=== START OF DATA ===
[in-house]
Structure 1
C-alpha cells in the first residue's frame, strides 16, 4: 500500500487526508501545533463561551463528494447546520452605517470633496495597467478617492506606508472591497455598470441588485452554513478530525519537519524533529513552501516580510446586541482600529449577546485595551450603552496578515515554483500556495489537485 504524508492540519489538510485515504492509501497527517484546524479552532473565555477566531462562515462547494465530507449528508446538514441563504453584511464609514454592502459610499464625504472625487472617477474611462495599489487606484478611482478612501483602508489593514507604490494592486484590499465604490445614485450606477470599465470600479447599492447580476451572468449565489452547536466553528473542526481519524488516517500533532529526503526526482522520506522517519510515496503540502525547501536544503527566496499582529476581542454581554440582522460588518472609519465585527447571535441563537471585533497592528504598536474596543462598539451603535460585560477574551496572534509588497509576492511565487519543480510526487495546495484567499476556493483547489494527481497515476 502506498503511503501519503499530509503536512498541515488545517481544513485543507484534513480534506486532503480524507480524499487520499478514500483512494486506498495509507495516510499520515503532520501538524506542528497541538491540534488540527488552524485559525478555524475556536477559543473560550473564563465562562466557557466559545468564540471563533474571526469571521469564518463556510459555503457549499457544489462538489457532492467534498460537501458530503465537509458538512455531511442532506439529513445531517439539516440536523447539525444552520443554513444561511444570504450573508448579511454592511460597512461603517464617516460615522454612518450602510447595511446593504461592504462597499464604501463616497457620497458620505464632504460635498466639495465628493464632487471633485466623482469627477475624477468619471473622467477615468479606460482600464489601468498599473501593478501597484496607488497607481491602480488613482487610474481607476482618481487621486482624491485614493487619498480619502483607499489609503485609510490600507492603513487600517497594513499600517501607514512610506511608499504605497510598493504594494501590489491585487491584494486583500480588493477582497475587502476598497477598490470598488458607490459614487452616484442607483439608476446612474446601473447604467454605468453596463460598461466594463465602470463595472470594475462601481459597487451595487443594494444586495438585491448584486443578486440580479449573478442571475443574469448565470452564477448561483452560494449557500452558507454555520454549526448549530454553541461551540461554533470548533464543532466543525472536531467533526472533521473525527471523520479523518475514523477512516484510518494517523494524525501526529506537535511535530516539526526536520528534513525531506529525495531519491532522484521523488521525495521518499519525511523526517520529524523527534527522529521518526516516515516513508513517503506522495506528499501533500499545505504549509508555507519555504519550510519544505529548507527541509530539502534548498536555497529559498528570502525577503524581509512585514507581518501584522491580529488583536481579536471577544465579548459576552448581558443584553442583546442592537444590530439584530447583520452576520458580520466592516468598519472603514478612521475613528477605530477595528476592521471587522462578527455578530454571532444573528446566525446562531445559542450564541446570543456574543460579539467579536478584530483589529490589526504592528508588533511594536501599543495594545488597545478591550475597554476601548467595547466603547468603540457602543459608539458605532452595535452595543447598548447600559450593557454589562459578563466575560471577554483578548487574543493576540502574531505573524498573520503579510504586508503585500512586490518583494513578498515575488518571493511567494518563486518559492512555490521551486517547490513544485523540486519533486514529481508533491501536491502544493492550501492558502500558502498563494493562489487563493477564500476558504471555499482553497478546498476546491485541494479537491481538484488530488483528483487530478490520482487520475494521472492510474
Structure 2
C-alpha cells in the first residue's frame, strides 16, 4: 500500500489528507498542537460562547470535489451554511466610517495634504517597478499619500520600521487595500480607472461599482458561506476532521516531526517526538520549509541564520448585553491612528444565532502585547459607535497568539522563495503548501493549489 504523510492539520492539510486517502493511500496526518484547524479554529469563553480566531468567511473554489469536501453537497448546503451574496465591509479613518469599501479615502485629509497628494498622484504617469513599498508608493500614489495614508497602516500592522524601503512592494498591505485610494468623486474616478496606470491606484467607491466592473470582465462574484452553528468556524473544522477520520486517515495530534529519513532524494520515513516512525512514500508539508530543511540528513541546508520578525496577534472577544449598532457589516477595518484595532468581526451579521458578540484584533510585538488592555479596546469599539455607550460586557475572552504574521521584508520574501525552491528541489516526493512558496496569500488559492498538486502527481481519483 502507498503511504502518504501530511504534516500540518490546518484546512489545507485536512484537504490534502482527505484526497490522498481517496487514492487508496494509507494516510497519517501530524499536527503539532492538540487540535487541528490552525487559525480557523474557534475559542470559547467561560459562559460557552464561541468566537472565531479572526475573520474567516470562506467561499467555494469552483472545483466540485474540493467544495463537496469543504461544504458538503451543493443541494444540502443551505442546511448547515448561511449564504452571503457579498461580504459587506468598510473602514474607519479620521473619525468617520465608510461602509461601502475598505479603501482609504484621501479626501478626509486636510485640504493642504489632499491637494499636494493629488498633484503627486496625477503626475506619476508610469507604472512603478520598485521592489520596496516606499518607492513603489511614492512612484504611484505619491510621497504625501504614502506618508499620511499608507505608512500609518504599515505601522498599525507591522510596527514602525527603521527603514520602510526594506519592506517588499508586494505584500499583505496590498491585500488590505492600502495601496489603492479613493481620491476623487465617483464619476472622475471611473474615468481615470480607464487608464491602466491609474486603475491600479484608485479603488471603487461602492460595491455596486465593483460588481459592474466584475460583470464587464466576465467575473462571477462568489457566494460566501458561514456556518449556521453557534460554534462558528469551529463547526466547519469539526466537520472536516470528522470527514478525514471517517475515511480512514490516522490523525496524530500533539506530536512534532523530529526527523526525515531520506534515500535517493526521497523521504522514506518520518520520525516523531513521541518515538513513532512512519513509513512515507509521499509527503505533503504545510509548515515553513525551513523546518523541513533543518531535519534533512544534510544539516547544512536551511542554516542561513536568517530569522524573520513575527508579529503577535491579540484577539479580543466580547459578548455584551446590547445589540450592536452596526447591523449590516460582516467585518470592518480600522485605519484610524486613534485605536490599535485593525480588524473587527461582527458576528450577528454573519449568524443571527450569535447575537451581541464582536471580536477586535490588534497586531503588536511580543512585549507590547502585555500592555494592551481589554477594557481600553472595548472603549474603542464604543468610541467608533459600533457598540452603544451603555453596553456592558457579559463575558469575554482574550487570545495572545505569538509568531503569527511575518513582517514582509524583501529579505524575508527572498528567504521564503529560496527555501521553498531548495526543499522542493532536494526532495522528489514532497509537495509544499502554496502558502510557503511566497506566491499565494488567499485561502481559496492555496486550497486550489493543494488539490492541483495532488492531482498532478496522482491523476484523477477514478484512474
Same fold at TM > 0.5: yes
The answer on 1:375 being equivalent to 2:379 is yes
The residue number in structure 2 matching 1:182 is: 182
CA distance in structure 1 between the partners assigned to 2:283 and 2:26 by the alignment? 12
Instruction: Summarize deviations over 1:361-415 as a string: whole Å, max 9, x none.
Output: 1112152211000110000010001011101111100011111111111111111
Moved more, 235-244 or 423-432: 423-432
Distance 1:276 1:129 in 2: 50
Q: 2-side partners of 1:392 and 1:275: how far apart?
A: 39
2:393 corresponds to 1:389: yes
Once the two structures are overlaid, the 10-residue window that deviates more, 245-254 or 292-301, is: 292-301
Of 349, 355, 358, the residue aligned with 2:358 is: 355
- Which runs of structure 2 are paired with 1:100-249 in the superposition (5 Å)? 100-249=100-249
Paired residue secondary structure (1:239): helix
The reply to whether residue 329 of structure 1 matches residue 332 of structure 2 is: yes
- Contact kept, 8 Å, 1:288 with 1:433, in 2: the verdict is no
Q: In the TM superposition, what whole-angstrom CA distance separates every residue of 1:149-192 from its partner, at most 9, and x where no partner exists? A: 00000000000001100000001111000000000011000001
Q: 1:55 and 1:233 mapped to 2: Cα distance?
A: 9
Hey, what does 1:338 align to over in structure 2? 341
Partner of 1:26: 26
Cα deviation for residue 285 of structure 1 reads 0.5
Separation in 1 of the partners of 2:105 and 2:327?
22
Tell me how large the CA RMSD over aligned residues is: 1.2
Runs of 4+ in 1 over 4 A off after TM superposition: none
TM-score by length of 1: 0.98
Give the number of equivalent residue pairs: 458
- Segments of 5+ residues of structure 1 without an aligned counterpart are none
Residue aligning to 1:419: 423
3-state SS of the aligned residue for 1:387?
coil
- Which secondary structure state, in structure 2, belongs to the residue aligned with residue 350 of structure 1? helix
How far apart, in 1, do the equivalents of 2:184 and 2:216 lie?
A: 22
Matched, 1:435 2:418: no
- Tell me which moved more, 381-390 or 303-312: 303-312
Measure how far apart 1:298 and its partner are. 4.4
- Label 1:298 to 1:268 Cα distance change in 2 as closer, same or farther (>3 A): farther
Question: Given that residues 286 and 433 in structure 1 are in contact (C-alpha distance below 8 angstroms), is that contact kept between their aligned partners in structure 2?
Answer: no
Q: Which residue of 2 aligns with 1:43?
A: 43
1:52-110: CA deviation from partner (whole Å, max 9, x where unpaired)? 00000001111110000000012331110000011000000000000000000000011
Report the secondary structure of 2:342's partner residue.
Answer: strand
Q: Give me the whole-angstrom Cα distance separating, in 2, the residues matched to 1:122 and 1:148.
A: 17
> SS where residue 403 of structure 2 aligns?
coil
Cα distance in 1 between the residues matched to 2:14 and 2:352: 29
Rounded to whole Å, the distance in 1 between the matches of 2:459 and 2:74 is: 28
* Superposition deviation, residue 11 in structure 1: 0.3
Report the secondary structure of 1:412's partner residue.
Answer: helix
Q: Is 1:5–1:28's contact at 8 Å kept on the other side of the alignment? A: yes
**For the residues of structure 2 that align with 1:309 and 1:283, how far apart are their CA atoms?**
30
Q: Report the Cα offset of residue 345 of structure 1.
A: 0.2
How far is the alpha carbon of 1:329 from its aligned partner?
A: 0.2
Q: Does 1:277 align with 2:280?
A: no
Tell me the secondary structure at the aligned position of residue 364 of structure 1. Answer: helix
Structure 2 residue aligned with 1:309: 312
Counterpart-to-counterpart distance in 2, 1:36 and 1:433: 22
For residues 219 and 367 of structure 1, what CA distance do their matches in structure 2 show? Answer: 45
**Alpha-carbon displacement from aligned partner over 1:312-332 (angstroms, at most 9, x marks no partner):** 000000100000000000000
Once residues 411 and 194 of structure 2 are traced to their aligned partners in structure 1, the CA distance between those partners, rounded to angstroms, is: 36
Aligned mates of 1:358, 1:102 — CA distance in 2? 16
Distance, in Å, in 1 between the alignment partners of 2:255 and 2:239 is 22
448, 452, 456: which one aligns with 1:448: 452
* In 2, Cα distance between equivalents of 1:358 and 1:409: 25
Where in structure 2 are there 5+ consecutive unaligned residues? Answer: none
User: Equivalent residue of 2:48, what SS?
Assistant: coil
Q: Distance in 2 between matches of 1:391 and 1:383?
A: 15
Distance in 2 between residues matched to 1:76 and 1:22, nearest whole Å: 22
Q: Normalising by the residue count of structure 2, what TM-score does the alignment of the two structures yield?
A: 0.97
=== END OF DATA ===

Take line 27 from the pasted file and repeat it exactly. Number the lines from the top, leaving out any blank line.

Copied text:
Partner of 1:26: 26